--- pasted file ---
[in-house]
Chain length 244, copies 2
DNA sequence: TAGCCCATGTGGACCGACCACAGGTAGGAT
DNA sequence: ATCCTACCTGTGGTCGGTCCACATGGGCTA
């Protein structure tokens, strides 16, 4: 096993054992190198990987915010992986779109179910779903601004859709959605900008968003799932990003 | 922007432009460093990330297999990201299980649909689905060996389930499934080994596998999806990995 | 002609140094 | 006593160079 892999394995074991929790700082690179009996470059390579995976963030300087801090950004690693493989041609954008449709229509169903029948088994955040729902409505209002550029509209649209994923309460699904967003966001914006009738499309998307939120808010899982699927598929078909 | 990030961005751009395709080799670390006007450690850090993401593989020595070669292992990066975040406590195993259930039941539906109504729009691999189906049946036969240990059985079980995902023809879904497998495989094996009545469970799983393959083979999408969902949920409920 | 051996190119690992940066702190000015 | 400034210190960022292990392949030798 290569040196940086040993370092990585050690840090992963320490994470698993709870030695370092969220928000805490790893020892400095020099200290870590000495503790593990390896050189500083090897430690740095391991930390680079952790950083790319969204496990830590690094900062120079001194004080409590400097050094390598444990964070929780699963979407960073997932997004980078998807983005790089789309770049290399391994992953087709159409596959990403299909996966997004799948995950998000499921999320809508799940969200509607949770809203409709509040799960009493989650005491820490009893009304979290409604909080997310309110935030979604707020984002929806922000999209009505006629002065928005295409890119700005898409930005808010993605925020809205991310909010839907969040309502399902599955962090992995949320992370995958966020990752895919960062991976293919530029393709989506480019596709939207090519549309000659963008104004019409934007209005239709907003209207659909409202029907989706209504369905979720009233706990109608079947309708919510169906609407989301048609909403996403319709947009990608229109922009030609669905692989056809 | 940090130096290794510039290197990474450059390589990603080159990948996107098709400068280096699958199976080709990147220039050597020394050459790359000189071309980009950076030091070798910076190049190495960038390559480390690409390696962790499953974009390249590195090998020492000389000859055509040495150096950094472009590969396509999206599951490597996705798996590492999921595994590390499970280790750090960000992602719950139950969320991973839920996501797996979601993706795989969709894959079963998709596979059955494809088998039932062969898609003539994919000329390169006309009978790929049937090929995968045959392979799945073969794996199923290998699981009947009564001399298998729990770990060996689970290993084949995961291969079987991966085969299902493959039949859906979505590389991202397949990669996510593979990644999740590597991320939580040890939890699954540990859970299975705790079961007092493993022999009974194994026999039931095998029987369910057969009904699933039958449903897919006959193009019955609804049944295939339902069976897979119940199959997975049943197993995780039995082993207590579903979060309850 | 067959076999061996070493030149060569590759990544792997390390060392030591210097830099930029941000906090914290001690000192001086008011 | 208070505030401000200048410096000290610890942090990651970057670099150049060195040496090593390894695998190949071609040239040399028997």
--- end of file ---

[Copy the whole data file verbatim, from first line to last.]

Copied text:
[in-house]
Chain length 244, copies 2
DNA sequence: TAGCCCATGTGGACCGACCACAGGTAGGAT
DNA sequence: ATCCTACCTGTGGTCGGTCCACATGGGCTA
């Protein structure tokens, strides 16, 4: 096993054992190198990987915010992986779109179910779903601004859709959605900008968003799932990003 | 922007432009460093990330297999990201299980649909689905060996389930499934080994596998999806990995 | 002609140094 | 006593160079 892999394995074991929790700082690179009996470059390579995976963030300087801090950004690693493989041609954008449709229509169903029948088994955040729902409505209002550029509209649209994923309460699904967003966001914006009738499309998307939120808010899982699927598929078909 | 990030961005751009395709080799670390006007450690850090993401593989020595070669292992990066975040406590195993259930039941539906109504729009691999189906049946036969240990059985079980995902023809879904497998495989094996009545469970799983393959083979999408969902949920409920 | 051996190119690992940066702190000015 | 400034210190960022292990392949030798 290569040196940086040993370092990585050690840090992963320490994470698993709870030695370092969220928000805490790893020892400095020099200290870590000495503790593990390896050189500083090897430690740095391991930390680079952790950083790319969204496990830590690094900062120079001194004080409590400097050094390598444990964070929780699963979407960073997932997004980078998807983005790089789309770049290399391994992953087709159409596959990403299909996966997004799948995950998000499921999320809508799940969200509607949770809203409709509040799960009493989650005491820490009893009304979290409604909080997310309110935030979604707020984002929806922000999209009505006629002065928005295409890119700005898409930005808010993605925020809205991310909010839907969040309502399902599955962090992995949320992370995958966020990752895919960062991976293919530029393709989506480019596709939207090519549309000659963008104004019409934007209005239709907003209207659909409202029907989706209504369905979720009233706990109608079947309708919510169906609407989301048609909403996403319709947009990608229109922009030609669905692989056809 | 940090130096290794510039290197990474450059390589990603080159990948996107098709400068280096699958199976080709990147220039050597020394050459790359000189071309980009950076030091070798910076190049190495960038390559480390690409390696962790499953974009390249590195090998020492000389000859055509040495150096950094472009590969396509999206599951490597996705798996590492999921595994590390499970280790750090960000992602719950139950969320991973839920996501797996979601993706795989969709894959079963998709596979059955494809088998039932062969898609003539994919000329390169006309009978790929049937090929995968045959392979799945073969794996199923290998699981009947009564001399298998729990770990060996689970290993084949995961291969079987991966085969299902493959039949859906979505590389991202397949990669996510593979990644999740590597991320939580040890939890699954540990859970299975705790079961007092493993022999009974194994026999039931095998029987369910057969009904699933039958449903897919006959193009019955609804049944295939339902069976897979119940199959997975049943197993995780039995082993207590579903979060309850 | 067959076999061996070493030149060569590759990544792997390390060392030591210097830099930029941000906090914290001690000192001086008011 | 208070505030401000200048410096000290610890942090990651970057670099150049060195040496090593390894695998190949071609040239040399028997």